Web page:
From there we went down the cable car, down the funicular railway, on a few metros, up another funicular railway, found the bus, and rode all the way up to the Tibidabo cathedral. There stands a cathedral next to an amusement park. It’s odd but it’s interesting. We paid inside to go up the elevator to the top. There are a few levels where you can look out. You can climb steps all the way to the top, right under Jesus. There you have a 360 view of the whole city. You can see Montjuïc Castle on its hill by the water on the other side of the city. Inside and out, the cathedral is gorgeous. I love that it’s two-toned; it's one cathedral built on top of another.
To finish out the day, we rode the funicular back down to the mountain and went to the Magic Fountain and the National Art Museum of Catalonia (Museu Nacional d’Art de Catalunya). To me, it looks like a capital building versus a museum. The Magic Fountain has light shows Thursday, Friday, and Saturday from 8pm to 9pm. Unfortunately we didn’t get to see it. A cool thing about Barcelona: there are many outdoor escalators. That’s something I don’t see in the US. There it’s like “have a lot of steps - you think you’re gonna die? Bam! Here’s an escalator to take you all the way up this hill.” It’s handy. So there are a few escalators to take you from the fountain up to the museum.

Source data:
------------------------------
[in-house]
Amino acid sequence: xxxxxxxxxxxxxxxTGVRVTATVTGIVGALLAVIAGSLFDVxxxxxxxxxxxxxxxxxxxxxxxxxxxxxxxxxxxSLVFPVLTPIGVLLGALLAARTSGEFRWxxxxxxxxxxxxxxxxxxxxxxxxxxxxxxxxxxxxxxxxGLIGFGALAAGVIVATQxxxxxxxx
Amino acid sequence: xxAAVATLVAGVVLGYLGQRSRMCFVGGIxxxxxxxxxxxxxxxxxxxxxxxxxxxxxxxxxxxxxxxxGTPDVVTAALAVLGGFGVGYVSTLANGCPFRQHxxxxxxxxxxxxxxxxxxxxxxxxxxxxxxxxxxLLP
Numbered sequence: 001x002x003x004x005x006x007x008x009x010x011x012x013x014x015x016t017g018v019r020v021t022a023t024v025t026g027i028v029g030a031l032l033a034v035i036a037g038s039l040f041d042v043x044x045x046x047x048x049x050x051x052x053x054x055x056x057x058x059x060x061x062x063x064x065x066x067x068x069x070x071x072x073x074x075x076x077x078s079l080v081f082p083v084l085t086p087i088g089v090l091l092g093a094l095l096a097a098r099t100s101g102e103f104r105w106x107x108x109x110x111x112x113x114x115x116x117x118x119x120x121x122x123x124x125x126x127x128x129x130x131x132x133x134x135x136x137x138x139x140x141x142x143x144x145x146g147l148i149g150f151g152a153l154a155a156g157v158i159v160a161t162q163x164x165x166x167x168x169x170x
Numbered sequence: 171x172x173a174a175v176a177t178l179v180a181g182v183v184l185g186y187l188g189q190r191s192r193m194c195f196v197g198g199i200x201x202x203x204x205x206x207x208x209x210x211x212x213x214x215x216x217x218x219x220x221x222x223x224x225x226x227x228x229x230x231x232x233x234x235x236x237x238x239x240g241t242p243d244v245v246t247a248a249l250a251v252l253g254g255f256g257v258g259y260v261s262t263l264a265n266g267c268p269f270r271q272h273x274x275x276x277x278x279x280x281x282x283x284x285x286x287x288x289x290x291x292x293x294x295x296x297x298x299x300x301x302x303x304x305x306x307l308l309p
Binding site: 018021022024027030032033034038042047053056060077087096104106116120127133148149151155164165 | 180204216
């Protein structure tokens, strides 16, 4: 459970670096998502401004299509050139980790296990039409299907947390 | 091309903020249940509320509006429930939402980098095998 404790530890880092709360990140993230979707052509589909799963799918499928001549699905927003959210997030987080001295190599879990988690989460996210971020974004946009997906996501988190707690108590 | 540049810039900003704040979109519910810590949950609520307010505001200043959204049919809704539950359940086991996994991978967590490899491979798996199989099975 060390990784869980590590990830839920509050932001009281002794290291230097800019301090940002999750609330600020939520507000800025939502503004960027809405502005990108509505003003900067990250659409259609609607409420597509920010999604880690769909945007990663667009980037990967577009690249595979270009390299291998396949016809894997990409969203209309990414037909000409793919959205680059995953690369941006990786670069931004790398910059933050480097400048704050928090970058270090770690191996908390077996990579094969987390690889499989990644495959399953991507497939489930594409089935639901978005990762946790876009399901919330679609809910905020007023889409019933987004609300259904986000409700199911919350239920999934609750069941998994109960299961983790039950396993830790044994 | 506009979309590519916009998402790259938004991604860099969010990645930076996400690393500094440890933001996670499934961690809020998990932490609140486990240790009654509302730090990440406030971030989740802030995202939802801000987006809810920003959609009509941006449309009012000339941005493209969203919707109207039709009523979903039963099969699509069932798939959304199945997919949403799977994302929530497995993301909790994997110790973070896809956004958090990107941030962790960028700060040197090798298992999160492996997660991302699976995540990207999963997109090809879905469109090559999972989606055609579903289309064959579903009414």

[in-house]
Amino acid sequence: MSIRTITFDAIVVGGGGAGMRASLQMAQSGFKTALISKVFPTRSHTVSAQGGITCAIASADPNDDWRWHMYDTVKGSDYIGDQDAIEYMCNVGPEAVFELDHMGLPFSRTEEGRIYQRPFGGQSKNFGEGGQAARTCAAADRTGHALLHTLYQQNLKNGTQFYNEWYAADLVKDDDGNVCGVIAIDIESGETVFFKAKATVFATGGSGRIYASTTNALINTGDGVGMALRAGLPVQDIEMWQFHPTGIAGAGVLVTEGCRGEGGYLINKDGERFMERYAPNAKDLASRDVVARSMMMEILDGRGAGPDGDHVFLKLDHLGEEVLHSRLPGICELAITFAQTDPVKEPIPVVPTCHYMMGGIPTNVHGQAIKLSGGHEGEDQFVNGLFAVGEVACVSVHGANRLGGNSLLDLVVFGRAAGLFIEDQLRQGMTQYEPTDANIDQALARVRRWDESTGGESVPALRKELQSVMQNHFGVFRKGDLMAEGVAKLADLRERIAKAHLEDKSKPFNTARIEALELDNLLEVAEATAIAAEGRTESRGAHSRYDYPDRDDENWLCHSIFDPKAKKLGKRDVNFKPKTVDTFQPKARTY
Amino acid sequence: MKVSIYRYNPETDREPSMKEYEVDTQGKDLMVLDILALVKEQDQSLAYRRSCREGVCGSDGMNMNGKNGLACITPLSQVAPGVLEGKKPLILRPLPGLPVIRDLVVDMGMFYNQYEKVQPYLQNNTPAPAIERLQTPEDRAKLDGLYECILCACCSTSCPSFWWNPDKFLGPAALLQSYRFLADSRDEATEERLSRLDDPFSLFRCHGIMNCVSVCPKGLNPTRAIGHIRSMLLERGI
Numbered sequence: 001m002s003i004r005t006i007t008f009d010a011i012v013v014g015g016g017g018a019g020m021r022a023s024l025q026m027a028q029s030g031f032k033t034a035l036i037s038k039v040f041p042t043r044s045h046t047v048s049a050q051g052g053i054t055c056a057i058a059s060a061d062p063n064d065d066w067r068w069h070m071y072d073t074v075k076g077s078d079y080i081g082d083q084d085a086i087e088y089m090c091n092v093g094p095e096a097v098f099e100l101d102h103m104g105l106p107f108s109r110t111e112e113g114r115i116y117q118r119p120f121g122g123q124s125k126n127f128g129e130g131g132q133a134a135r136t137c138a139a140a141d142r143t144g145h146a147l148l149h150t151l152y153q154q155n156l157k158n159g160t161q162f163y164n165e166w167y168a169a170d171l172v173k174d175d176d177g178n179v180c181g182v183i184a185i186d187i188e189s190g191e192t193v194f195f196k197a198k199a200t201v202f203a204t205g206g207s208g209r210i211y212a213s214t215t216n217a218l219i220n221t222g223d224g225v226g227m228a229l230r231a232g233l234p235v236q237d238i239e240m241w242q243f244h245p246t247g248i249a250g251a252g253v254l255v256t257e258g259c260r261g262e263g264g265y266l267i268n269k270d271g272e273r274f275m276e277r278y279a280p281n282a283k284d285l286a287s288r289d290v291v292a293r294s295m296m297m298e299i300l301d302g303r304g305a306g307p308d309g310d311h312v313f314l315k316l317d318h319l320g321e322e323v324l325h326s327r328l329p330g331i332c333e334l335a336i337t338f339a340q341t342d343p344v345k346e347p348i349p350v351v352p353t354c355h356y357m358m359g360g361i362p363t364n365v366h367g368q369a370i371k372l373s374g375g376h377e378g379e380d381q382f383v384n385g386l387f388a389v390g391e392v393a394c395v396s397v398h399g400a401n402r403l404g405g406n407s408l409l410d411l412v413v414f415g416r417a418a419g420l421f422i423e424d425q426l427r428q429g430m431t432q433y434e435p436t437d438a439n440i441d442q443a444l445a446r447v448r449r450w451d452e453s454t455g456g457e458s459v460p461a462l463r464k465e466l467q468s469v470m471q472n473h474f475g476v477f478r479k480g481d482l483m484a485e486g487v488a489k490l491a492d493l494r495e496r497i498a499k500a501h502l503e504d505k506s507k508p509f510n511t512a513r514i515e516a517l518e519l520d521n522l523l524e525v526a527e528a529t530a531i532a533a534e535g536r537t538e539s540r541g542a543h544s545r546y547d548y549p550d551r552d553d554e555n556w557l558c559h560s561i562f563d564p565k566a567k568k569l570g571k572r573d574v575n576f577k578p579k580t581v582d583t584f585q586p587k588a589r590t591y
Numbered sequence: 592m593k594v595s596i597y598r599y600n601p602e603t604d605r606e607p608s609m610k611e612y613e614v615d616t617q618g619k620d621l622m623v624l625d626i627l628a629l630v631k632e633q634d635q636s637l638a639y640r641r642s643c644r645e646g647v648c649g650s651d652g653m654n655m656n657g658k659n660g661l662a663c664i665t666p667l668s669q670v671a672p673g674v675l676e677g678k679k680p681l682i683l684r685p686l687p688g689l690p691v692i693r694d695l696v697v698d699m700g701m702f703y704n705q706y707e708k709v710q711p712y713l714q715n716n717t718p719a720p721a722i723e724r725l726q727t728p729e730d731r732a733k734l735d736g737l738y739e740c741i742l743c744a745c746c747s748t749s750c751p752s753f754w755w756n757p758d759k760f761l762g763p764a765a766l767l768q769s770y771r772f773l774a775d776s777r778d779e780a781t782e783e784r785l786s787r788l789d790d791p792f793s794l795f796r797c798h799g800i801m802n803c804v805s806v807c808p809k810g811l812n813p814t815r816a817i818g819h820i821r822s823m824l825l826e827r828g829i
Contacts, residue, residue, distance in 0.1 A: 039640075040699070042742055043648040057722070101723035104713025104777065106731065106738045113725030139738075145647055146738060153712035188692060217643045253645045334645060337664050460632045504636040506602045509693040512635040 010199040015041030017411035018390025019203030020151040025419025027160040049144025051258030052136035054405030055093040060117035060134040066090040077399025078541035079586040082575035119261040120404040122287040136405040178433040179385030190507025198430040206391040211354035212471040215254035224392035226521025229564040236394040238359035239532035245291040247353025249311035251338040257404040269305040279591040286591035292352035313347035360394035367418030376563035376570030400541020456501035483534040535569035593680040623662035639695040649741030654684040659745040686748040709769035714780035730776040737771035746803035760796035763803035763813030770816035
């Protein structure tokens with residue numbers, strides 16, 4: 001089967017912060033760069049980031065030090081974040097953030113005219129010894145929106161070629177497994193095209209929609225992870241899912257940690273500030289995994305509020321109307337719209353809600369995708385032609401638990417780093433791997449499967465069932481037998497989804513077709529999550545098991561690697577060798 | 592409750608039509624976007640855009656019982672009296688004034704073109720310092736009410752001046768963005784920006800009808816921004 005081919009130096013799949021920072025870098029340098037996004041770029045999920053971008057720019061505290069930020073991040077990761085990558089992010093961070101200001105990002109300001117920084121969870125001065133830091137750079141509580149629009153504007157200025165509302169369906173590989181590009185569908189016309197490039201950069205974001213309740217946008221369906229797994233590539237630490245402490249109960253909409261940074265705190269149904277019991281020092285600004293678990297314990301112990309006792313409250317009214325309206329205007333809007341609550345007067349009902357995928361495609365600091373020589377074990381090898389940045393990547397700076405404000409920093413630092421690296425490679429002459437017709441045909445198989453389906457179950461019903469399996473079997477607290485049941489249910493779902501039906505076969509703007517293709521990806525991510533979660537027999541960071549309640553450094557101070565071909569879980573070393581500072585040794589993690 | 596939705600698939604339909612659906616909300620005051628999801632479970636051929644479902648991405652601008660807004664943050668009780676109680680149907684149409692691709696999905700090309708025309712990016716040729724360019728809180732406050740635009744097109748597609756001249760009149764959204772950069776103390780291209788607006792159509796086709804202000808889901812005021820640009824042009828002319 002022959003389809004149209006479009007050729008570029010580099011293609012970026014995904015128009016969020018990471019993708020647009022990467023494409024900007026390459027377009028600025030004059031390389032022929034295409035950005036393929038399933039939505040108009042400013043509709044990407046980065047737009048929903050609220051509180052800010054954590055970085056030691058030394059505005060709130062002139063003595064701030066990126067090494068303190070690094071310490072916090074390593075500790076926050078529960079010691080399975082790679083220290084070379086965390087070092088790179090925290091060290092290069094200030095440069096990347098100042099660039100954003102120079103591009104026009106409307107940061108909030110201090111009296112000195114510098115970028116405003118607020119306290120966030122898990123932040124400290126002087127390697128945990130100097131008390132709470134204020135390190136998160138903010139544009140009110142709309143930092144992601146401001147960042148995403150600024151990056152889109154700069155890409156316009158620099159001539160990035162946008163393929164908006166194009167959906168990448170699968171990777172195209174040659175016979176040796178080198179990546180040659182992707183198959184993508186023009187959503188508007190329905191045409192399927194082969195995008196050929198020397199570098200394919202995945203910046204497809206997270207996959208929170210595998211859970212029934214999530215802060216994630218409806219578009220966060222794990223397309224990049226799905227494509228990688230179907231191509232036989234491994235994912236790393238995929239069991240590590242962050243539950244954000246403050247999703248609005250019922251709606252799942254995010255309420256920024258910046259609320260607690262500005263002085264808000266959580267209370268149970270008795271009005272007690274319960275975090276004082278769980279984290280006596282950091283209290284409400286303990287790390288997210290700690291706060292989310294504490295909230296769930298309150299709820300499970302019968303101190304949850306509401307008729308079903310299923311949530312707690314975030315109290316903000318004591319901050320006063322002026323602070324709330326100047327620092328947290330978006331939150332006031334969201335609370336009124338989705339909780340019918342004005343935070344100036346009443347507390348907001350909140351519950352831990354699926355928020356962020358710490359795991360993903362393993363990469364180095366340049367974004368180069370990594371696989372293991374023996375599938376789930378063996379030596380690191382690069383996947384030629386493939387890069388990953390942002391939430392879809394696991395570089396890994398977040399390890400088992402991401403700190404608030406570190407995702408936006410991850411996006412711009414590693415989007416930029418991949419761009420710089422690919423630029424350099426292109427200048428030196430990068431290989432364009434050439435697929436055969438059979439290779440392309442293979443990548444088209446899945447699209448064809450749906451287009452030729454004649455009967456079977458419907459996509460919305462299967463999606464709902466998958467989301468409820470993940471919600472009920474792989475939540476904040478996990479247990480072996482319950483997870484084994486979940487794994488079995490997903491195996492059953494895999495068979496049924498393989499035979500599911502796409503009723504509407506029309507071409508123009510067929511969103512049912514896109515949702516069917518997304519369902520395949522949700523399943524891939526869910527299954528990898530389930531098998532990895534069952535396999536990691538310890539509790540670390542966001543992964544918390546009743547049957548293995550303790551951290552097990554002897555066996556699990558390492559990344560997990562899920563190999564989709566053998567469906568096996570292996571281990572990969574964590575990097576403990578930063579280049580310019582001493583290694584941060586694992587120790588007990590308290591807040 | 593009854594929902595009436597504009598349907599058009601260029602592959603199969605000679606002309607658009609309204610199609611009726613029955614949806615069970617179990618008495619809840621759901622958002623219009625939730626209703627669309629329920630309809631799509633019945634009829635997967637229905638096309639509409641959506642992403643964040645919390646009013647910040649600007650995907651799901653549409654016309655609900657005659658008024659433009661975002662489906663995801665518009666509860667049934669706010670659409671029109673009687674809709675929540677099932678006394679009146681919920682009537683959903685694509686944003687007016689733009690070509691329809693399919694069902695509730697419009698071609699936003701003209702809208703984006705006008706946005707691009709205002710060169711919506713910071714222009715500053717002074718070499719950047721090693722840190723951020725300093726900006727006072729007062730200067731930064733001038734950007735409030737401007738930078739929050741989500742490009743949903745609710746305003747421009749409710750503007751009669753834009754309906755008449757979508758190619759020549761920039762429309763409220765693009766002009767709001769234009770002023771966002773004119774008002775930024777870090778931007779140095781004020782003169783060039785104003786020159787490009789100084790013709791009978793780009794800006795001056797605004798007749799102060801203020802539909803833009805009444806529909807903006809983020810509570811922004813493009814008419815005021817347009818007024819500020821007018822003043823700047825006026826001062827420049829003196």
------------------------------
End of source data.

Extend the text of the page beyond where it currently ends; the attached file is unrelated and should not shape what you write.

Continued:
The next day we went to Milan and didn’t get back until late, so Wednesday we slept in some. Then we got up and went to the Sagrada Família. Make sure to book tickets ($18/pp) far in advance for this. We did not, so we just checked out the outside. There were hundreds of people crowded around this cathedral, which has been under construction for 137 years. Right next to the cathedral is the new FC Barcelona’s gift shop and museum. There are also many souvenir shops in the area if you are looking for anything.
From there we took the metro to see Casa Milá and Casa Batlló. If you aren’t already aware, Google Maps has wonderful metro directions. I also recommend downloading the city you are staying in offline, so if you don’t have Internet, you can still get around like you do. These houses were beautiful. More works of art from Antoni Gaudí, who also designed Sagrada Família and Park Güell. You’re able to go into the houses and they offer tours as well. The last thing we did that day was Park Güell. Part of the park you can go in for free but if you want to see the rest and the bench, you have to pay about €8.5. It’s totally worth it. Our time slot was 6:25pm, which meant it was getting darker and the rain was approaching. Another annoying aspect about getting to the park is that it is a walk away from the metro and requires a hike up this large hill. Thankfully there are a couple outdoor escalators (see what I'm talking about?). The park has cavern-like areas and then you go up to the top to the bench, made of tiles of beautiful colors.
Our last day in Barcelona, we just went to the post office and tried to speak to them in Spanish and send a letter back home. If the weather had been warmer, we would have checked out the beach. And if we had more time we would have gone to more markets. Instead we had to head back to the airport.